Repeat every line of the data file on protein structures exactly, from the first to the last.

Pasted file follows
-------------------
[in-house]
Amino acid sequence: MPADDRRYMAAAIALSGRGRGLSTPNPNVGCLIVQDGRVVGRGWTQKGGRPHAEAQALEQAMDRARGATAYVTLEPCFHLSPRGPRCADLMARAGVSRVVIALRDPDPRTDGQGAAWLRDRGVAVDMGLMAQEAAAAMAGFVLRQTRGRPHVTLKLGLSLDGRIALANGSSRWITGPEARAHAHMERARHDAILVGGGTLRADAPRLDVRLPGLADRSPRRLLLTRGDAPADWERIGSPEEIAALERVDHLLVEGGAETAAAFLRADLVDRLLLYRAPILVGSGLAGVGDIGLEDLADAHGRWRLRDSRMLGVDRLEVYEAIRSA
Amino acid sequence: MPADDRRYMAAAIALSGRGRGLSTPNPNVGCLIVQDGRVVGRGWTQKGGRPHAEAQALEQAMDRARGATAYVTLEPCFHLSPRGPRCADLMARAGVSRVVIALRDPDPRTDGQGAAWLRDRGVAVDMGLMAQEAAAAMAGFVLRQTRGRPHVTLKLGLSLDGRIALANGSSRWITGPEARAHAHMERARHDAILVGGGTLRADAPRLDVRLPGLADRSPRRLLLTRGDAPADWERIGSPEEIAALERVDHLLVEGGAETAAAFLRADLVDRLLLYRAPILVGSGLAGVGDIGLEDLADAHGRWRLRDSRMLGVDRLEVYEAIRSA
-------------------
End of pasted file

[in-house]
Amino acid sequence: MPADDRRYMAAAIALSGRGRGLSTPNPNVGCLIVQDGRVVGRGWTQKGGRPHAEAQALEQAMDRARGATAYVTLEPCFHLSPRGPRCADLMARAGVSRVVIALRDPDPRTDGQGAAWLRDRGVAVDMGLMAQEAAAAMAGFVLRQTRGRPHVTLKLGLSLDGRIALANGSSRWITGPEARAHAHMERARHDAILVGGGTLRADAPRLDVRLPGLADRSPRRLLLTRGDAPADWERIGSPEEIAALERVDHLLVEGGAETAAAFLRADLVDRLLLYRAPILVGSGLAGVGDIGLEDLADAHGRWRLRDSRMLGVDRLEVYEAIRSA
Amino acid sequence: MPADDRRYMAAAIALSGRGRGLSTPNPNVGCLIVQDGRVVGRGWTQKGGRPHAEAQALEQAMDRARGATAYVTLEPCFHLSPRGPRCADLMARAGVSRVVIALRDPDPRTDGQGAAWLRDRGVAVDMGLMAQEAAAAMAGFVLRQTRGRPHVTLKLGLSLDGRIALANGSSRWITGPEARAHAHMERARHDAILVGGGTLRADAPRLDVRLPGLADRSPRRLLLTRGDAPADWERIGSPEEIAALERVDHLLVEGGAETAAAFLRADLVDRLLLYRAPILVGSGLAGVGDIGLEDLADAHGRWRLRDSRMLGVDRLEVYEAIRSA